In the craps experiment, select the hardway 8 bet. Run the simulation 1000 times and compare the empirical density function and moments of \(W\) to the true probability density function and moments. Suppose that you bet $1 on each of the 1000 games. What would your net winnings be?

Thus, the hardway 6 and 8 bets are better than the hardway 4 and 10 bets for the gambler, in terms of expected value.

Next let us compute the distribution and moments of the number of rolls \(N\) in a game of craps. This random variable is of no special interest to the casino or the players, but provides a good mathematically exercise. By definition, if the shooter wins or loses on the first roll, \(N = 1\). Otherwise, the shooter continues until she either makes her point or rolls 7. In this latter case, we can use the geometric distribution on \(\N_+\) which governs the trial number of the first success in a sequence of Bernoulli trials. The distribution of \(N\) is a mixture of distributions.

The probability density function of \(N\) is

\[ \P(N = n) = \begin{cases} \frac{12}{36}, & n = 1 \\ \frac{1}{24} \left(\frac{3}{4}\right)^{n-2} + \frac{5}{81} \left(\frac{13}{18}\right)^{n-2} + \frac{55}{648} \left(\frac{25}{36}\right)^{n-2}, & n \in \{2, 3, \ldots\} \end{cases} \]First note that \(\P(N = 1 \mid Z_1 = z) = 1\) for \(z \in \{2, 3, 7, 11, 12\}\). Next, \(\P(N = n \mid Z_1 = z) = p_z (1 - p_z)^{n-2}\) for \(n \in \{2, 3, \ldots\}\) and for the values of \(z\) and \(p_z\) given in the following table:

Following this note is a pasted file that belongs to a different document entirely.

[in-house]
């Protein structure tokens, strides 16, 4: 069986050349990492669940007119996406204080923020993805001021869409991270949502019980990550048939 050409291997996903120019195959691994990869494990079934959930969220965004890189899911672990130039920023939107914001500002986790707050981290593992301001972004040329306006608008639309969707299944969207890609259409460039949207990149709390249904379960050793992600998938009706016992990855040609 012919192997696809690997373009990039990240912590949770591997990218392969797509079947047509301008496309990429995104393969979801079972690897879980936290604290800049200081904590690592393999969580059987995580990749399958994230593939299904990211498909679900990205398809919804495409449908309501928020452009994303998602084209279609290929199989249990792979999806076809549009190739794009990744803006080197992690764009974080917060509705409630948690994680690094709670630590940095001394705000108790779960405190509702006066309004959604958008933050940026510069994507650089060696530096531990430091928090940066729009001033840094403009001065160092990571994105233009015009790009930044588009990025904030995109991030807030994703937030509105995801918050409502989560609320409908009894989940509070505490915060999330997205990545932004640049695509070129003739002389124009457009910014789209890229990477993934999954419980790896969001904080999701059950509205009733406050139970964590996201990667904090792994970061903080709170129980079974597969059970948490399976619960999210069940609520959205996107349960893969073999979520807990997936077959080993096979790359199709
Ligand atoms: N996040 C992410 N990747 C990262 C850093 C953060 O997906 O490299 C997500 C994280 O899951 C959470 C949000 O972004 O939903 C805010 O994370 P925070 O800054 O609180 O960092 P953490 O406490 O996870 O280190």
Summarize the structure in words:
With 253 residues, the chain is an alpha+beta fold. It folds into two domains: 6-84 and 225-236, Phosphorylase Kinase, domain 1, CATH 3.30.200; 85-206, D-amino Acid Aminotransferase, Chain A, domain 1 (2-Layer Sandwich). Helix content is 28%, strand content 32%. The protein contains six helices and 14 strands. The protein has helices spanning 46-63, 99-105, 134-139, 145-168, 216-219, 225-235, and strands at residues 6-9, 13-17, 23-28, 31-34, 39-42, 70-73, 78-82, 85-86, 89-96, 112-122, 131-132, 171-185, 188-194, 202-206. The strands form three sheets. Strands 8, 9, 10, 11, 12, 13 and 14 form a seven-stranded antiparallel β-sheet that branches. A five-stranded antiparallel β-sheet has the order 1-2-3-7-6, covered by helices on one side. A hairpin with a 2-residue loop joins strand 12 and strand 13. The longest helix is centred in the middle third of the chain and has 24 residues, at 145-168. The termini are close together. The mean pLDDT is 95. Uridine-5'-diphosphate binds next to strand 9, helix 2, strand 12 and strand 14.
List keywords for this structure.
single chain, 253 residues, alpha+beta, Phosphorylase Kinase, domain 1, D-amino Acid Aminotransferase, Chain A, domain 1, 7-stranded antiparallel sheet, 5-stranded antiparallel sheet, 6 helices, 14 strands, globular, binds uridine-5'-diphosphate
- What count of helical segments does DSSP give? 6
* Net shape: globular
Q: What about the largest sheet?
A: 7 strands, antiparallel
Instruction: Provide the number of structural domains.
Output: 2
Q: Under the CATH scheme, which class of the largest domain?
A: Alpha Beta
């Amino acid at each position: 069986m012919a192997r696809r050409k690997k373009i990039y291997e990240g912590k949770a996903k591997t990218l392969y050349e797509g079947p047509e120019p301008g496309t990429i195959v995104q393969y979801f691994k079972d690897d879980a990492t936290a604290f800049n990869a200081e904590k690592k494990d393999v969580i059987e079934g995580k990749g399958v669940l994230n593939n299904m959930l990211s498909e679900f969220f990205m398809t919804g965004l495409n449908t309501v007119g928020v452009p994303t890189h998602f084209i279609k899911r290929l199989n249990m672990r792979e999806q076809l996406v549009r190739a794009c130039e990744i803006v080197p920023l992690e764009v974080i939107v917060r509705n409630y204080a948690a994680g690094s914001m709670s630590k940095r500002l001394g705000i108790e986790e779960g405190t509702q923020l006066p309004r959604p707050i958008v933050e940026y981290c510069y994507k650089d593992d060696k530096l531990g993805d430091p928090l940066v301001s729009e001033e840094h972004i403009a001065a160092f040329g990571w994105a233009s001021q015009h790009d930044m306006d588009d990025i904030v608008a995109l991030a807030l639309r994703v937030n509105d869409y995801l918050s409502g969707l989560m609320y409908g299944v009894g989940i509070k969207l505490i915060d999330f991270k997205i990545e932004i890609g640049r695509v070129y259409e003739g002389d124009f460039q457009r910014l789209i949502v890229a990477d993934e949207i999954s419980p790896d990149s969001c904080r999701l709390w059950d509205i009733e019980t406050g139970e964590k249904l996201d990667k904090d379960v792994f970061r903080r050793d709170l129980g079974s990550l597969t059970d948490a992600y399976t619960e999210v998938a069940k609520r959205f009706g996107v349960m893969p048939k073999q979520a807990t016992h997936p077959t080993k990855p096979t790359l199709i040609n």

\(z\) | 4 | 5 | 6 | 8 | 9 | 10 |
---|---|---|---|---|---|---|

\(p_z\) | \(\frac{9}{36}\) | \(\frac{10}{36}\) | \(\frac{11}{36}\) | \(\frac{11}{36}\) | \(\frac{10}{36}\) | \(\frac{9}{36}\) |

Thus the conditional distribution of \(N - 1\) given \(Z = z\) is geometric with probability \(p_z\). The final result now follows by conditioning on the first roll: \[ \P(N = n) = \sum_{z=2}^{12} \P(Z_1 = z) \P(N = n \mid Z_1 = z) \]

The first few values of the probability density function of \(N\) are given in the following table:

\(n\) | 1 | 2 | 3 | 4 | 5 |
---|---|---|---|---|---|

\(\P(N = n)\) | 0.33333 | 0.18827 | 0.13477 | 0.09657 | 0.06926 |

Find the probability that a game of craps will last at least 8 rolls.

0.09235

The mean and variance of the number of rolls are

- \(\E(N) = \frac{557}{165} \approx 3.3758\)
- \(\var(N) = \frac{245\,672}{27\,225} \approx 9.02376\)

These result also can be obtained by conditioning on the first roll: \begin{align} \E(N) & = \E\left[\E(N \mid Z_1)\right] = \frac{557}{165} \\ \E(N^2) & = \E\left[\E\left(N^2 \mid Z_1\right)\right] = \frac{61\,769}{3025} \end{align}